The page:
Troubleshooting Current Loops

A fundamental principle in instrumentation system troubleshooting is that every instrument has at least one input and at least one output, and that the output(s) should accurately correspond to the input(s). If an instrument’s output is not properly corresponding to its input according to the instrument’s design function, there must be something wrong with that instrument. Consider the inputs and outputs of several common instruments: transmitters, controllers, indicators, and control valves. Each of these instruments takes in (input) data in some form, and generates (output) data in some form. In any instrument “loop,” the output of one instrument feeds into the input of the next, such that information is passed from one instrument to another. By intercepting the data communicated between components of an instrument system, we are able to locate and isolate faults. In order to properly understand the intercepted data, we must understand the inputs and outputs of the respective instruments and the basic functions of those instruments. The following illustrations highlight inputs and outputs for instruments commonly found in control systems:



In order to check for proper correspondence between instrument inputs and outputs, we must be able to use appropriate test equipment to intercept the signals going into and out of those instruments. For 4-20 mA analog signal-based instruments, this means we must be able to use electrical meters capable of accurately measuring current and voltage.


Using a standard milliammeter to measure loop current

Since the signal of interest is represented by an electric current in an instrumentation current “loop” circuit, the obvious tool to use for troubleshooting is a multimeter capable of accurately measuring DC milliamperes. Unfortunately, though, there is a major disadvantage to the use of a milliammeter: the circuit must be “broken” at some point to connect the meter in series with the current, and this means the current will fall to 0 mA until the meter is connected (then fall to 0 mA when the meter is removed from the circuit). Interrupting the current means interrupting the flow of information conveyed by that current, be it a process measurement or a command signal to a final control element. This will have adverse effects on a control system unless certain preparatory steps are taken.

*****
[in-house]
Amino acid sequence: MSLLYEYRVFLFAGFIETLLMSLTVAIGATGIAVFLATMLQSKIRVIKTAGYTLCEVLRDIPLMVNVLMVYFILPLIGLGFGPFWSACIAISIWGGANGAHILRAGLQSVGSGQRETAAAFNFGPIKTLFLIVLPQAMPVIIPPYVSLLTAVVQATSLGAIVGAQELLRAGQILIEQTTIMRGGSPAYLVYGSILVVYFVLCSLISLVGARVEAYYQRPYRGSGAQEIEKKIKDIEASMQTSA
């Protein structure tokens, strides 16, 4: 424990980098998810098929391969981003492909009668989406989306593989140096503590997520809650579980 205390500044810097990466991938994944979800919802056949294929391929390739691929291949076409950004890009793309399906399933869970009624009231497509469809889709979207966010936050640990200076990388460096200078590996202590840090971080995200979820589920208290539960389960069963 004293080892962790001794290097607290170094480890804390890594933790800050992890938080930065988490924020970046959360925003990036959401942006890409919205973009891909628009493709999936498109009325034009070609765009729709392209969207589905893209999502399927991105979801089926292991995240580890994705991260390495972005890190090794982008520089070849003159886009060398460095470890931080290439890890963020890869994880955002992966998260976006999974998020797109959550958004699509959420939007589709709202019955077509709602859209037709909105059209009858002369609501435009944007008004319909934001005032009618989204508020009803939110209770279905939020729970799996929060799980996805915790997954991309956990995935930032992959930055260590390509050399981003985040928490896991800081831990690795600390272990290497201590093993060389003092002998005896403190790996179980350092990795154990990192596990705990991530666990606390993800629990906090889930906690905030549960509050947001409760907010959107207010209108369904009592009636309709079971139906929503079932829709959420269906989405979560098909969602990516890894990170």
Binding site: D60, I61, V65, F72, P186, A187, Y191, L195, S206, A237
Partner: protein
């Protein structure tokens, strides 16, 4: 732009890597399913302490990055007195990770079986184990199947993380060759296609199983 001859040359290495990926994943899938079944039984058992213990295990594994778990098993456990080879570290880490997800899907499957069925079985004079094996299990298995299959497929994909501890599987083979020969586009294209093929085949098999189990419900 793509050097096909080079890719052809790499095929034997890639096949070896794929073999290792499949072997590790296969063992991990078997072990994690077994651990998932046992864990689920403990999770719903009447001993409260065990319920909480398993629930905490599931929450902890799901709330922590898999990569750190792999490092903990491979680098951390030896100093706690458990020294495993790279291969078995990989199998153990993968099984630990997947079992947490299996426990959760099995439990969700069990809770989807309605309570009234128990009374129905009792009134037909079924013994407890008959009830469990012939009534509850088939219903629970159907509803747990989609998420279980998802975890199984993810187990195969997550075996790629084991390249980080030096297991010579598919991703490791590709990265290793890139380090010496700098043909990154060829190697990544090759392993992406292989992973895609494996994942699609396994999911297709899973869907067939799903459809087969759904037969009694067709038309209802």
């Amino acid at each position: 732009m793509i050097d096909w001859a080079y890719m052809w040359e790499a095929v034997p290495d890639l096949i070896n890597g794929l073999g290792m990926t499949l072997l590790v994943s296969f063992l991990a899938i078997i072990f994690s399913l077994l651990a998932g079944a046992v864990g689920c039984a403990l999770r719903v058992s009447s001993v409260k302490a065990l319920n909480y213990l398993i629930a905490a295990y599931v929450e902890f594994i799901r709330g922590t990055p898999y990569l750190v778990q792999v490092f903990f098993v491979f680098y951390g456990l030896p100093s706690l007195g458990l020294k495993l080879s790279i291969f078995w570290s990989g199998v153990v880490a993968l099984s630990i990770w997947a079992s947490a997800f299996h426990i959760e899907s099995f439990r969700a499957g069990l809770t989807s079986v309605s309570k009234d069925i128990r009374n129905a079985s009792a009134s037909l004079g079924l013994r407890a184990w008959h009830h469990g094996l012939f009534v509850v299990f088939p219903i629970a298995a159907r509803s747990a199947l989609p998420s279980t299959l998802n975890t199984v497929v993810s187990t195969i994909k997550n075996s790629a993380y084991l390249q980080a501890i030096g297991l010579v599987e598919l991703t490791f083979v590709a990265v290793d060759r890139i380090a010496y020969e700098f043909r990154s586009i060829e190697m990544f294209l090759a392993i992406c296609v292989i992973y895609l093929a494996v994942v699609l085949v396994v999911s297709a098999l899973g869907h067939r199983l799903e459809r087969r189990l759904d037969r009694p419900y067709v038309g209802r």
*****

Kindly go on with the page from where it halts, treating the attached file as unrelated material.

Before “breaking the loop” to connect your meter, one must first warn all appropriate personnel that the signal will be interrupted at least twice, falling to a value of -25% each time. If the signal to be interrupted is coming from a process transmitter to a controller, the controller should be placed in Manual mode so it will not cause an upset in the process (by moving the final control element in response to the sudden loss of PV signal). Also, process alarms should be temporarily disabled so they do not cause panic. If this current signal also drives process shutdown alarms, these should be temporarily disabled so that nothing shuts down upon interruption of the signal.

If the current signal to be interrupted is a command signal from a controller to a final control element, the final control element either needs to be manually overridden so as to hold a fixed setting while the signal varies, or it needs to be bypasses completely by some other device(s). If the final control element is a control valve, this typically takes the form of opening a bypass valve and closing at least one block valve:

Since the manually-operated bypass valve now performs the job that the automatic control valve used to, a human operator must remain posted at the bypass valve to carefully throttle it and maintain control of the process.

In consideration of the labor necessary to safely interrupt the current signal to a control valve in a live process, we see that the seemingly simple task of connecting a milli ammeter in series with a 4-20 mA current signal is not as easy as it may first appear.